The Register-Herald, Beckley, West Virginia

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June 26, 2011

Council to have public hearing on pay raises

BECKLEY — A relatively short Beckley Common Council agenda holds a very big issue.

A second reading and public hearing on an ordinance for pay raises for council members and Beckley Mayor Emmett Pugh is scheduled during the meeting, which begins at 7:30 p.m. Tuesday in council chambers.

The ordinance, drawn up by City Attorney Bill File at the suggestion of outgoing Councilman at Large Rob Rappold, suggests the annual salary of the mayor be increased from $42,500 to $55,000. The mayor’s salary was last amended in 2003. Council members’ pay would be hiked from $4,800 to $6,000 under the proposal; the council salary was last raised in 2007.

City Recorder/Treasurer Gary Sutphin explained neither the mayor nor council can vote on a raise for themselves during that term in office, and with the upcoming five-year term starting July 1, it was now or wait until 2016.

Sutphin said the raises would not affect the budget significantly.

“When you are dealing with a $15 million budget, an extra $20,000 is not a big deal, he said.”

Rappold’s suggestion was first brought in front of council May 24. Some concerns were then voiced when the first reading took place June 14.

Councilman at Large Cedric Robertson said he would only favor the raise if it coincides with a raise for city employees.

“City employees are the ones that do all the work and make us look good,” he said at the meeting.

And now, just days before the public hearing will be held, he told The Register-Herald he stands firm in his position.

Ward III Councilman Frank Williams said he has no problem with awarding raises but added he has concerns over how Rappold presented the raise proposal to council.

“The only problem I have is the way Councilman at Large Rappold had said he had done some surveying, and he was looking into different salaries of mayors in different places, and he made that decision to have it put on the agenda,”  Williams explained.

Williams said he did not think it was fair because it was Rappold’s opinion, and other members were not consulted before bringing it before council.

“What should have happened was he should have gotten with the other council people and discussed it. I feel like it was completely out of order,” Williams said.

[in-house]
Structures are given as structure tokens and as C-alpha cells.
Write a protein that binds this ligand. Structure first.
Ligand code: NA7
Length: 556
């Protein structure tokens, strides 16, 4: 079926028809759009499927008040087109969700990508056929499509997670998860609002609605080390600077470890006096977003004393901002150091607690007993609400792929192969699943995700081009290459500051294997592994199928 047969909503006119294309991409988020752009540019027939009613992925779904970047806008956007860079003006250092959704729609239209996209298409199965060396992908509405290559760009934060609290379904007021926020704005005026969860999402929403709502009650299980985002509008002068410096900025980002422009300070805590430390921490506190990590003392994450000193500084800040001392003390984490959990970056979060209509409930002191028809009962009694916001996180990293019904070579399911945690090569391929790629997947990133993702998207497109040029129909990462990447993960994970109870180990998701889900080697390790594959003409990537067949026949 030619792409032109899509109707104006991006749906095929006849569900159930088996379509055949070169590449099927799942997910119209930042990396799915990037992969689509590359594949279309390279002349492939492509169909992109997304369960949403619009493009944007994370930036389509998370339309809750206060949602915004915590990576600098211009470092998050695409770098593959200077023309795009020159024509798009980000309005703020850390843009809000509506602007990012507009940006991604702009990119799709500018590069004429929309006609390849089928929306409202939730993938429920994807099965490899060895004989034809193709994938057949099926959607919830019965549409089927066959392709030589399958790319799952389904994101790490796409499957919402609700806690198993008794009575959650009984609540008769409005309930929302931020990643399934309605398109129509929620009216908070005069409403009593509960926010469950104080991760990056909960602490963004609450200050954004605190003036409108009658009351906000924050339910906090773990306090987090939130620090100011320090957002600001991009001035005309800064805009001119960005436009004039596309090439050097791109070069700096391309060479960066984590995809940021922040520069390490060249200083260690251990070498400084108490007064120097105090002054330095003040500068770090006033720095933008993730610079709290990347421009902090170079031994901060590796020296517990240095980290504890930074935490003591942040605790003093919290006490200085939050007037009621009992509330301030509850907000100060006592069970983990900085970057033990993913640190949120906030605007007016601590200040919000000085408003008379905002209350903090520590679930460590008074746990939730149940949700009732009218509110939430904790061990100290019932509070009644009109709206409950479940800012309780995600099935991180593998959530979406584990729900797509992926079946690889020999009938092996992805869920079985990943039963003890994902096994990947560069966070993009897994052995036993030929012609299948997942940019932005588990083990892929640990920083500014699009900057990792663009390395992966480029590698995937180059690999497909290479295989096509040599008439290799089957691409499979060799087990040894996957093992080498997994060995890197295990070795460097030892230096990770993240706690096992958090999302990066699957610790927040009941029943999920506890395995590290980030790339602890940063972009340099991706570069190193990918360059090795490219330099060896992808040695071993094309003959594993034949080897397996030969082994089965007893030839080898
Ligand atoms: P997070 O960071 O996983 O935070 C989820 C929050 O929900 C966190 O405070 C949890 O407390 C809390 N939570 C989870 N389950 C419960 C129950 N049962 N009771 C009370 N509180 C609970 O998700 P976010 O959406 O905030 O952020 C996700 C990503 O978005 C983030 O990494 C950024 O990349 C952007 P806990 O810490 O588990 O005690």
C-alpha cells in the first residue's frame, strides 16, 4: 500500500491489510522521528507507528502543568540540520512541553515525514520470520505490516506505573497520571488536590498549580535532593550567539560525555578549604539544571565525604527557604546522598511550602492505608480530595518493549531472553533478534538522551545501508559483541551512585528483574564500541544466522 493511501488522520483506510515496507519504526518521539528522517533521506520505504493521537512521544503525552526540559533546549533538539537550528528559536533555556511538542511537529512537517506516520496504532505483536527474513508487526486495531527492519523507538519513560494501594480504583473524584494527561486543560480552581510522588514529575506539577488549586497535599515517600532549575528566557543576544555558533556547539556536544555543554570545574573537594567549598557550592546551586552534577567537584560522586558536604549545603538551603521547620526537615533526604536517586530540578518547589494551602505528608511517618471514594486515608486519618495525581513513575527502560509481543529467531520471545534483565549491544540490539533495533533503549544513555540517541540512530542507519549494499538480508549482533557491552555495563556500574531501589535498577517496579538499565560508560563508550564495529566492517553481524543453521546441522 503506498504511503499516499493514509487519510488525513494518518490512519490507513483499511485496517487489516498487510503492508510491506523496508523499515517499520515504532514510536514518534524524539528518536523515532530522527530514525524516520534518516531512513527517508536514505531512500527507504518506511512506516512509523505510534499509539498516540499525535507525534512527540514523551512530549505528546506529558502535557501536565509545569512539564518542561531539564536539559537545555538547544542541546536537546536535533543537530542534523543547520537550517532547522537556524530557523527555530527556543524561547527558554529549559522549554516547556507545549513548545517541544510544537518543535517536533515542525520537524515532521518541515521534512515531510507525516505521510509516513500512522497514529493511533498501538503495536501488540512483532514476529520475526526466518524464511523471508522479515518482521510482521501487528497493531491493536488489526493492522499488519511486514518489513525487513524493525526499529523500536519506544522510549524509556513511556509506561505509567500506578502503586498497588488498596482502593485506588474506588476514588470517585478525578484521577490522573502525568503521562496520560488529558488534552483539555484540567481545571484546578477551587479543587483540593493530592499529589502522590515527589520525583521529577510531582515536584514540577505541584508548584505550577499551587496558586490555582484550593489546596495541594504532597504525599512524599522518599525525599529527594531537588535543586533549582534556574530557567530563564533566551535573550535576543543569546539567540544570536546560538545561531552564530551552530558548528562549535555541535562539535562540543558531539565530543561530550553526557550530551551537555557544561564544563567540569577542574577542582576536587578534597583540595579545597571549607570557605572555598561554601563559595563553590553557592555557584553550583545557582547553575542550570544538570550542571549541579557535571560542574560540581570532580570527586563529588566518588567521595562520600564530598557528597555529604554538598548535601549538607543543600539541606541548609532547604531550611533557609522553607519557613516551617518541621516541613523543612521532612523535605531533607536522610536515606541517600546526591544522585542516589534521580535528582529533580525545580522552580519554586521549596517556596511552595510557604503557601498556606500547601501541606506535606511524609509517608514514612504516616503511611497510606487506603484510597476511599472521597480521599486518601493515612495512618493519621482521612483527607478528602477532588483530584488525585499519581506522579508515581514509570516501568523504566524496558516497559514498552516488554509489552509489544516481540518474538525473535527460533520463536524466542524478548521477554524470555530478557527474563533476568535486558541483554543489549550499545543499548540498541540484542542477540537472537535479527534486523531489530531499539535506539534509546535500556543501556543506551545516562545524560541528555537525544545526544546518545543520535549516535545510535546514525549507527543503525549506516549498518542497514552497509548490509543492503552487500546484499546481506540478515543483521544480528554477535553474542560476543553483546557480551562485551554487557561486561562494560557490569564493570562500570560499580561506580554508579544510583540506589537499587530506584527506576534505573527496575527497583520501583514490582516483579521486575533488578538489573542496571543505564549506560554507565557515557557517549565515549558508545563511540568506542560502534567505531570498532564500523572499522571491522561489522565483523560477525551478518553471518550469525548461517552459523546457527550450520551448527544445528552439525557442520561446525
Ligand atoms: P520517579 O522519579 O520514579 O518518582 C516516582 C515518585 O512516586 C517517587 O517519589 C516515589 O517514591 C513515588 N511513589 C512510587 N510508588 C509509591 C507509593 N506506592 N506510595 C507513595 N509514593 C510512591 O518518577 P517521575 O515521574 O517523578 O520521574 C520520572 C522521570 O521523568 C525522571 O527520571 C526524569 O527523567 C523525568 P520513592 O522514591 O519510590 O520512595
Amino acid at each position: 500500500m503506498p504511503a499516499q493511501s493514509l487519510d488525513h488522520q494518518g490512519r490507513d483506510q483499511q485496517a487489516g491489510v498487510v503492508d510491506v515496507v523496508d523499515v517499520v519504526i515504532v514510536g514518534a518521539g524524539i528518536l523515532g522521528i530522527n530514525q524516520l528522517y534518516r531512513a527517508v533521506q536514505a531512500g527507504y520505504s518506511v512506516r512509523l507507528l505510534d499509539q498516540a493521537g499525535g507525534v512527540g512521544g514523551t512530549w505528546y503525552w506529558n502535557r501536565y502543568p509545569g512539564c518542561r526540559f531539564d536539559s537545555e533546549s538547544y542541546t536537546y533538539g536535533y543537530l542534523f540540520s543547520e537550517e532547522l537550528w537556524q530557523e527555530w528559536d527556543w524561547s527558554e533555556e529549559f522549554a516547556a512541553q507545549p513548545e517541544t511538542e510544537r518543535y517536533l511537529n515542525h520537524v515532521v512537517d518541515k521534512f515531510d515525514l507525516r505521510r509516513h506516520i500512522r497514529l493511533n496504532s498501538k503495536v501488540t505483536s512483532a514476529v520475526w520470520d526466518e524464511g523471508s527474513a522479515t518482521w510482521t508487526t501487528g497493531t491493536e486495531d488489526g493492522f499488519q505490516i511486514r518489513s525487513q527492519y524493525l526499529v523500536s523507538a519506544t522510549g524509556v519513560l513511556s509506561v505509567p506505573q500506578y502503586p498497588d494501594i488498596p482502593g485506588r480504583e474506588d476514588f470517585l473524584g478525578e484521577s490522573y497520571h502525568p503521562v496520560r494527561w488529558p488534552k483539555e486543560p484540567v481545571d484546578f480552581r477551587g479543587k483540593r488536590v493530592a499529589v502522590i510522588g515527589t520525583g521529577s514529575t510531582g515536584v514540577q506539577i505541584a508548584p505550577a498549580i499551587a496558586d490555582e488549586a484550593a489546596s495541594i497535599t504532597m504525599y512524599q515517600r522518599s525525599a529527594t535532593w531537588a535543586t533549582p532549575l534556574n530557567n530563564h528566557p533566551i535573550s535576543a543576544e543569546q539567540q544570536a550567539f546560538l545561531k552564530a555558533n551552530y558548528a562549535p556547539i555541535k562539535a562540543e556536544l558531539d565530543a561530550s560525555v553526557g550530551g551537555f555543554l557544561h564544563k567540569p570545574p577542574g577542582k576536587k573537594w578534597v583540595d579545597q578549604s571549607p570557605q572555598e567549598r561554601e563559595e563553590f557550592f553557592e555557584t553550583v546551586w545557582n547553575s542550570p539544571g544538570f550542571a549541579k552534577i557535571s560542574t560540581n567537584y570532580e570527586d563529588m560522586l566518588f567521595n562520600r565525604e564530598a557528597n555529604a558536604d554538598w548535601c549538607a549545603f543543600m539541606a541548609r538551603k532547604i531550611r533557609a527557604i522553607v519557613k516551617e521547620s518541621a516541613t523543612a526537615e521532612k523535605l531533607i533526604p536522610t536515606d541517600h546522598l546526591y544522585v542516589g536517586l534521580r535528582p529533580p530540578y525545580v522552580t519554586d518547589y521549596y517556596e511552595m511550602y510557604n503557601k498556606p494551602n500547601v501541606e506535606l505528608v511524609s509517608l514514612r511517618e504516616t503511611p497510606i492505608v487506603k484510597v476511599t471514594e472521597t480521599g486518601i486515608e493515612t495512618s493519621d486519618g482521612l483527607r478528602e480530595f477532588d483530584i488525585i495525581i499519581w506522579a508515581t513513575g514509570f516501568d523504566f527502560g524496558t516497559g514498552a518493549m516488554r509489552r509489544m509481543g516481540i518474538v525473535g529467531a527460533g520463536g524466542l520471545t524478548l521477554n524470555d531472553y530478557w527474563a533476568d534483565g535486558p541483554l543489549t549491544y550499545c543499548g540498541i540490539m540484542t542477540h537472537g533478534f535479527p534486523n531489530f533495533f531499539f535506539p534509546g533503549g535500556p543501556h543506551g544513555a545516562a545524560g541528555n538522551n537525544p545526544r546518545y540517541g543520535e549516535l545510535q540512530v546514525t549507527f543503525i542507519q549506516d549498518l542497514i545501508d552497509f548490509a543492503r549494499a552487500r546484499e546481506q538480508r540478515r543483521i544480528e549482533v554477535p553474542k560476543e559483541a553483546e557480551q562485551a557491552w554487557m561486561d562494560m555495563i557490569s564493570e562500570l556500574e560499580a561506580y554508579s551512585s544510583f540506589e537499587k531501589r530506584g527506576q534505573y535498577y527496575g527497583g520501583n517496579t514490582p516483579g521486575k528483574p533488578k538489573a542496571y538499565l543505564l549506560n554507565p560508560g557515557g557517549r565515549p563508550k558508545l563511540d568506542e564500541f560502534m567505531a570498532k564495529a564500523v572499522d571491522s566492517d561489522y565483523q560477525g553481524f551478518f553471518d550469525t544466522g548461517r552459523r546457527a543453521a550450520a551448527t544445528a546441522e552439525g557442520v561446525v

Rappold explained how he arrived at his decision.

“To begin with, I was in a unique position to bring the matter up because I decided not to run for re-election, as did (Ward I) Councilman (A.K.) Minter,” he said. “That left us with two council members who were defeated and would not be returning — Ward V Councilman Arnold “Lee” Leftwich and Williams. The remaining council members do return, and due to conflict of interest, I could not involve them. And of course, the newly elected members are just kind of out of the picture as far as this issue goes.”

He went on to say that he had no idea what the mayor was paid until it was published in The Register-Herald after the May election. Considering the hands-on role of the mayor and his responsibilities, Rappold said Pugh is underpaid.

He compared the mayor’s salary to those in similar-sized municipalities, many of which also employ a city manager, with salaries higher than Pugh’s. He also said with Beckley on the verge of so many great things, the jobs of mayor and council will demand more.

“Beckley is just on the cusp of so many great opportunities that it will require the council and mayor to be even more vigilant in their duties, and due to this election cycle being five years before a raise could be considered  — because the sitting council cannot vote their own raises in — they were looking at five more years of people who are already underpaid, the same rationale goes in my mind with City Council,” he explained.